Total War: Rome II – Hannibal at the Gates Review (PC)
28 March 2014
Excerpt: The all-new Hannibal at the Gates campaign for Total War: Rome II is designed specifically to simulate this engagement in detail, offering players a chance to control both the two superpowers of the moment and three smaller factions that can play a larger role in the conflict.
Pros: + Recreation of Second Punic War, + Battle mechanics, + Focus on characters
Cons: - Artificial Intelligence performance, - Micro-management heavy
Excerpt: The enemy managed to get to my ballista and kill its crews and I was then in danger of seeing my entire line getting rolled, but I managed to stop their process using the Loyalty of the 10th special ability and by whipping my trusty legionnaires.
Pros: + Focused experience, + Seasons and terrain have a greater effect, + New factions
Summary: Encompassing one of the best-known periods in world history, Total War: Rome II will combine the most expansive turn-based campaign and the largest, most cinematic real-time battles yet seen in any game.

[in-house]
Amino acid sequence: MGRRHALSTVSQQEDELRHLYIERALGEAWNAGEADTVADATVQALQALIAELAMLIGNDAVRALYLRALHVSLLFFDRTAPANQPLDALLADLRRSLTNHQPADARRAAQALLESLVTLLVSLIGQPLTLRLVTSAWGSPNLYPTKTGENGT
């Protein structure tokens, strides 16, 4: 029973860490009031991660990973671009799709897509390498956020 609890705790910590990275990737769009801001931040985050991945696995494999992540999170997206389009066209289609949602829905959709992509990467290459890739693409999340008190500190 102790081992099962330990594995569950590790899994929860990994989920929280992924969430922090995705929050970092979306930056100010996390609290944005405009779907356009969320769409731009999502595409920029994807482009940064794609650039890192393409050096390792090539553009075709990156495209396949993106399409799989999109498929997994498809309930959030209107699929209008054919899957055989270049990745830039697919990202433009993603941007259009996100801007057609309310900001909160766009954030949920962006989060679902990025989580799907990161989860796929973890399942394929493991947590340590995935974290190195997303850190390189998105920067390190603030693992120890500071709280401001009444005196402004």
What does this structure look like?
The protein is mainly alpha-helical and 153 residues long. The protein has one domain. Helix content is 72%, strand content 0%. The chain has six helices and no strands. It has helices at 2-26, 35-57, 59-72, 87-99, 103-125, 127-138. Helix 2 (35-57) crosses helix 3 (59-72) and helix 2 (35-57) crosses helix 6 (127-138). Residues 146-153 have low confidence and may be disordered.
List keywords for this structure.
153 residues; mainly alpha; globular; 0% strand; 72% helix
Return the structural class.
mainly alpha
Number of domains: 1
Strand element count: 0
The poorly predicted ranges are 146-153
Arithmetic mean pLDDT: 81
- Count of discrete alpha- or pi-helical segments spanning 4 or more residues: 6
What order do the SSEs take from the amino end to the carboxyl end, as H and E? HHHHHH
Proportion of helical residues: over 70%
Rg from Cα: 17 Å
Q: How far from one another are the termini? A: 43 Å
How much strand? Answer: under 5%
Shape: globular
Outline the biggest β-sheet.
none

Excerpt: Matthew Flanigan provides us with this video review of the
recently released, and much patched, Rome Total War II. He concentrates on
those game features that have changed from earlier games in the Total War
Excerpt: 339 hours. That’s how long I’ve played Empire: Total War. Shogun 2 is no slouch either, at 139 hours. I didn’t play the original Rome or Medieval 2 on Steam, but I assume those numbers would be comparable. I’m not a Total War master, but Total War: Rome 2 is hardly my first rodeo.
Summary: Sequels or the next iteration of games in a series are generally assumed that they will be superior to their counterparts in one way or another be it the gameplay and narrative or visuals and performance.
Conclusion: I deliberately spent some extra time to review Total War: Rome 2 . Not because I wanted to get further into a particular campaign, but to experience the game without the horrendous crashes that the game displayed on initial release.